UN official says US suffers from ‘great poverty and inequality’
A United Nations official says many people in the United States face “barriers to political participation” and suffer from “great poverty and inequality,” despite the US government’s emphasis on democracy and the country’s great wealth.
Philip Alston, who is the UN Special Rapporteur on extreme poverty and human rights, is visiting several US states to examine inequality and poverty.
The Australian human rights expert started his US tour last Friday and will visit California, West Virginia, Alabama, Washington, DC, and the US territory of Puerto Rico.
Alston said he will visit West Virginia to look into the dwindling industrial jobs available there and will go to California to investigate the state’s homeless problem.
“Some might ask why a UN Special Rapporteur on extreme poverty and human rights would visit a country as rich as the United States. But despite great wealth in the US, there also exists great poverty and inequality,” Alston wrote in a statement.
“I would like to focus on how poverty affects the civil and political rights of people living within the US, given the United States’ consistent emphasis on the importance it attaches to these rights in its foreign policy, and given that it has ratified the International Covenant on Civil and Political Rights,” Alston said.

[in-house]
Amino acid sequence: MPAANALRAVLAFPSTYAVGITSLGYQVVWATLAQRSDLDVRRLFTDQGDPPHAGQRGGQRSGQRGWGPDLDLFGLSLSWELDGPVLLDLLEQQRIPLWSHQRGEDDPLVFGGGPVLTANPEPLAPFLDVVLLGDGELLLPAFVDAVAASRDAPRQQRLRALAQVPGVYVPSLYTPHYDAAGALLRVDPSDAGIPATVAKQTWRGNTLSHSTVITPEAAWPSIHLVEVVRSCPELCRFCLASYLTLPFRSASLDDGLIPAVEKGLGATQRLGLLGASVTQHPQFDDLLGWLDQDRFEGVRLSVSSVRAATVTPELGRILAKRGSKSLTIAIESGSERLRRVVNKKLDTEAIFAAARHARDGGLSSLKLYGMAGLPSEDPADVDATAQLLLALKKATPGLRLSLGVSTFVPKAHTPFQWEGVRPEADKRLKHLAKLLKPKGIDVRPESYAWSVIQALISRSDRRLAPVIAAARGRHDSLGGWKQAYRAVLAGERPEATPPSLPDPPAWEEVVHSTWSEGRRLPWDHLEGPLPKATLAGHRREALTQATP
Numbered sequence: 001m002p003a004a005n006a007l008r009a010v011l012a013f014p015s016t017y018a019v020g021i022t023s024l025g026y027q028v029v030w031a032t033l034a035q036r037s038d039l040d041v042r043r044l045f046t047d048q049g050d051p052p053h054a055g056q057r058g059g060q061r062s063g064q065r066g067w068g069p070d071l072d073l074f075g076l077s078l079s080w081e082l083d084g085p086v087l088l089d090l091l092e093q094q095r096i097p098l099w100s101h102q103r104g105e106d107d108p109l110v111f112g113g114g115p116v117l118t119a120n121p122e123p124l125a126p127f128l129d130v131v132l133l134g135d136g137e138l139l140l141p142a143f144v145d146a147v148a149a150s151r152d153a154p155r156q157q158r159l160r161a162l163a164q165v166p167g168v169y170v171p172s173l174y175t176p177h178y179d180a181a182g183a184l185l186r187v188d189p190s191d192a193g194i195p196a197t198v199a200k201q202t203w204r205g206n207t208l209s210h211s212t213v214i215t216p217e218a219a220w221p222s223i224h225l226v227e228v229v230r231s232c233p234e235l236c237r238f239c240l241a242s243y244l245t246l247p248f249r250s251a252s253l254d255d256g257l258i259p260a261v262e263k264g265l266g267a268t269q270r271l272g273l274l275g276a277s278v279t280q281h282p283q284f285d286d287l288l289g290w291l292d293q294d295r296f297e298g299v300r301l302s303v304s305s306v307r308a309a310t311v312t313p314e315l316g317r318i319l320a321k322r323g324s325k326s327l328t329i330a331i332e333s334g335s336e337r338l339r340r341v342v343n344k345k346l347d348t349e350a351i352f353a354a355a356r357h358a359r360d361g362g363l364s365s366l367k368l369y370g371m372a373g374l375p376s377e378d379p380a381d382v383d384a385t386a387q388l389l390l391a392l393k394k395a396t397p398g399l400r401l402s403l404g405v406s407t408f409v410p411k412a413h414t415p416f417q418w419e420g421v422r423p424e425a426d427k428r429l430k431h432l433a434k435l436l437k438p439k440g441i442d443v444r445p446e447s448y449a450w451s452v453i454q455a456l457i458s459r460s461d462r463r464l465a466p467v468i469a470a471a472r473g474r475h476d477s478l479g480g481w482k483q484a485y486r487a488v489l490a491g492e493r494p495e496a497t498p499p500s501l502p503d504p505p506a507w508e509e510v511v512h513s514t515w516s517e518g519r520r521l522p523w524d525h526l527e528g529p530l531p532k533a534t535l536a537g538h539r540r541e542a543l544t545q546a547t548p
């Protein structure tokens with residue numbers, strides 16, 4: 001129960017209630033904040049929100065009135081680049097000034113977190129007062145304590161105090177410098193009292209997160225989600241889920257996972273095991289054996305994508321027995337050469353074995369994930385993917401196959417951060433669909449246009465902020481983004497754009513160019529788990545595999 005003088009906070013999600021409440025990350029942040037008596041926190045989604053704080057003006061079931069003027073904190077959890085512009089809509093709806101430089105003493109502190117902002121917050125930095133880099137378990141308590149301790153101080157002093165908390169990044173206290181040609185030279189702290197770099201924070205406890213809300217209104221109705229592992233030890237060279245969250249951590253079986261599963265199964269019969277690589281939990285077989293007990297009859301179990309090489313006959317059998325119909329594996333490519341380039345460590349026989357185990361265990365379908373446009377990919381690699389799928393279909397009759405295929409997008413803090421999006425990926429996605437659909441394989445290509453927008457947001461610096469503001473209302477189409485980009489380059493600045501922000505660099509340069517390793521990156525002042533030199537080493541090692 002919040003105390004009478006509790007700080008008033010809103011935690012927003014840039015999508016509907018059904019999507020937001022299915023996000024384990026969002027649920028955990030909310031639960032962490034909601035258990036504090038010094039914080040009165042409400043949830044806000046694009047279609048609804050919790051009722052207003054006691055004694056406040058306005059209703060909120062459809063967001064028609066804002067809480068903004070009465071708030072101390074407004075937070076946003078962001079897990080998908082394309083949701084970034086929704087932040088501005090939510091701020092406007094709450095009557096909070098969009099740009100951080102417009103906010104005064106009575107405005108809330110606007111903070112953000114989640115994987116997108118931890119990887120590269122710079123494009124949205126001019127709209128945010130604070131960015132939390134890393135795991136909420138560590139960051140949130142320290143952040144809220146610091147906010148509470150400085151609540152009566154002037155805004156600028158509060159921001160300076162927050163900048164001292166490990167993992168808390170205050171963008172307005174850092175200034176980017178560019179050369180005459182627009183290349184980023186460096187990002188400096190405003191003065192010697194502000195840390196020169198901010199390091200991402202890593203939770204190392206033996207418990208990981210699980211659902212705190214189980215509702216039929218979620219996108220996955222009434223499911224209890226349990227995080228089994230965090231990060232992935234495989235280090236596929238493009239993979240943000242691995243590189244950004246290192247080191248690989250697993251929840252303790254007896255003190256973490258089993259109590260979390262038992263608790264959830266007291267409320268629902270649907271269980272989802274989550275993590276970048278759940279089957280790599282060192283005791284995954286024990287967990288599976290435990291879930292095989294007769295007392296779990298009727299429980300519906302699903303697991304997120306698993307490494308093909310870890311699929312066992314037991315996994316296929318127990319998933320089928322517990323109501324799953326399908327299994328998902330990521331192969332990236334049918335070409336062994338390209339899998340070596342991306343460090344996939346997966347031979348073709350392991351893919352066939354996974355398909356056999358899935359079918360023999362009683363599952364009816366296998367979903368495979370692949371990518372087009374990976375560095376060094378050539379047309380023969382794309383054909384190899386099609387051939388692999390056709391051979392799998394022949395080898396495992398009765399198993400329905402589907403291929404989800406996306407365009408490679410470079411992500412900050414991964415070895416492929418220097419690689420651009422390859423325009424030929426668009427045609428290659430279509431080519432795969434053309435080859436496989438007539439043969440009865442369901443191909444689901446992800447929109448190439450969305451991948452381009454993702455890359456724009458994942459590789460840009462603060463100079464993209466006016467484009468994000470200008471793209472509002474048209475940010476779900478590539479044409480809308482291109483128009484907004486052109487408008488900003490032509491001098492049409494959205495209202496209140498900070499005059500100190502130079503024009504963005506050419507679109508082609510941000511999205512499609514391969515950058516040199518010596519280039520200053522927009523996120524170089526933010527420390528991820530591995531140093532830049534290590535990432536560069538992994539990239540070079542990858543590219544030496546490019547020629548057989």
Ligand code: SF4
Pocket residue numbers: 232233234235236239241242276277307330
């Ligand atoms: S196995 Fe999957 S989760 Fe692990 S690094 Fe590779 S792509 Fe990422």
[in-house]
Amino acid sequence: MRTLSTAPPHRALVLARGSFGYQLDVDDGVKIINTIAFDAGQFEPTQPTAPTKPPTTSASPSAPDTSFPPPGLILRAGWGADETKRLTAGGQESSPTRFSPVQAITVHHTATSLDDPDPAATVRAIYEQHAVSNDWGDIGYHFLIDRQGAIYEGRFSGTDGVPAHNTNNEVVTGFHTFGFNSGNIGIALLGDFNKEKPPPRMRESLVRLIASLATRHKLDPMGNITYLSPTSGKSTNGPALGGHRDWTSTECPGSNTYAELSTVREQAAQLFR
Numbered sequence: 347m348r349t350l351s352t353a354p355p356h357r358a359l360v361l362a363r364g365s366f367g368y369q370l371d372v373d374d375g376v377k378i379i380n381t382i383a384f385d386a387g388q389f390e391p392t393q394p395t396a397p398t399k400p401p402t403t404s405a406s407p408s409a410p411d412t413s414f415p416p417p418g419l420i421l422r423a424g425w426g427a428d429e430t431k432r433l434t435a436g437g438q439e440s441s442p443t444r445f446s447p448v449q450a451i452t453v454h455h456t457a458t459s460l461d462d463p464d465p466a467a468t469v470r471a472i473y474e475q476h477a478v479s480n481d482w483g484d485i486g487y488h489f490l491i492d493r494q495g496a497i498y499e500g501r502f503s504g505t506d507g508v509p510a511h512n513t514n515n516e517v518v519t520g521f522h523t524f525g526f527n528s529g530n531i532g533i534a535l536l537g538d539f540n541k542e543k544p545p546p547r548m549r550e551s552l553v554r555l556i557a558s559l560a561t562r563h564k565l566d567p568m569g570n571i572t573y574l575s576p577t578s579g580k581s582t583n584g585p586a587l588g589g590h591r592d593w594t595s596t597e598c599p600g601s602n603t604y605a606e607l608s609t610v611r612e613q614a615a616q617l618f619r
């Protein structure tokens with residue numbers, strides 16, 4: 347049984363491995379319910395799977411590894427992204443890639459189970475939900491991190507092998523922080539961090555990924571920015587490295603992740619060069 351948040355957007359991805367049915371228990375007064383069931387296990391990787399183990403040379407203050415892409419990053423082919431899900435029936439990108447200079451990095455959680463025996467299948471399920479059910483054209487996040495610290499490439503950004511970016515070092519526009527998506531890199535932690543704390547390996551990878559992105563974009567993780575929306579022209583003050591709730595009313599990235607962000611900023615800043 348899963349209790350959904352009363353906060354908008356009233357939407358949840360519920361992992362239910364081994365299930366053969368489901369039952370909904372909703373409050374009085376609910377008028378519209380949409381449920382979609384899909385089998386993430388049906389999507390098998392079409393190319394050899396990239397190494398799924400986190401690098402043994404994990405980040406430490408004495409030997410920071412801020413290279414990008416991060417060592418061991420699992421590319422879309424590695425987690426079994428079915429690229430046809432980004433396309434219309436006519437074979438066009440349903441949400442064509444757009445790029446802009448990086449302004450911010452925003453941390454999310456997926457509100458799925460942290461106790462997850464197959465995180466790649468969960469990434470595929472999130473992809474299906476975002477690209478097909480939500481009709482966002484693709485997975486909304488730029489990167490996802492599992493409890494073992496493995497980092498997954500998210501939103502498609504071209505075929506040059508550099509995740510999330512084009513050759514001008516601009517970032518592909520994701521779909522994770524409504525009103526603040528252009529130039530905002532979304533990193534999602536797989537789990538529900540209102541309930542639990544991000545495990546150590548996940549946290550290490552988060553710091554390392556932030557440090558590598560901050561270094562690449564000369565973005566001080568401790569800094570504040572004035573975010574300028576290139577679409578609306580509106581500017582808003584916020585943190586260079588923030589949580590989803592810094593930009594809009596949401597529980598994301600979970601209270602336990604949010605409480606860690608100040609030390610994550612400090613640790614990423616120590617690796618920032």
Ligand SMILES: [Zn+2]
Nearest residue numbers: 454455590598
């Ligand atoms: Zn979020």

The UN official will also look into voting rights in the state and “government efforts to eradicate poverty in the county, and how they related to US obligations under international human rights law.”
On Friday, Alston plans to hold a press conference in the US capital to speak about what he found during his trip and give recommendations on how to confront the problems.
His full report will be presented in 2018 before the UN Human Rights Council in Geneva, Switzerland.
Experts hope that the visit will draw attention to issues of poverty in America, despite being the wealthiest country in the world.
“The US has an extraordinary ability to naturalize and accept the extreme poverty that exists even in the context of such extreme wealth,” David Grusky, director of the Center on Poverty and Inequality at Stanford told the Guardian.
According to the US census, around 41 million Americans live in poverty in a country of 323 million.
Moreover, the US consistently exhibits higher rates of income inequality than most developed nations in the world, mainly as a result of an unfair tax system and unrestrained capitalism.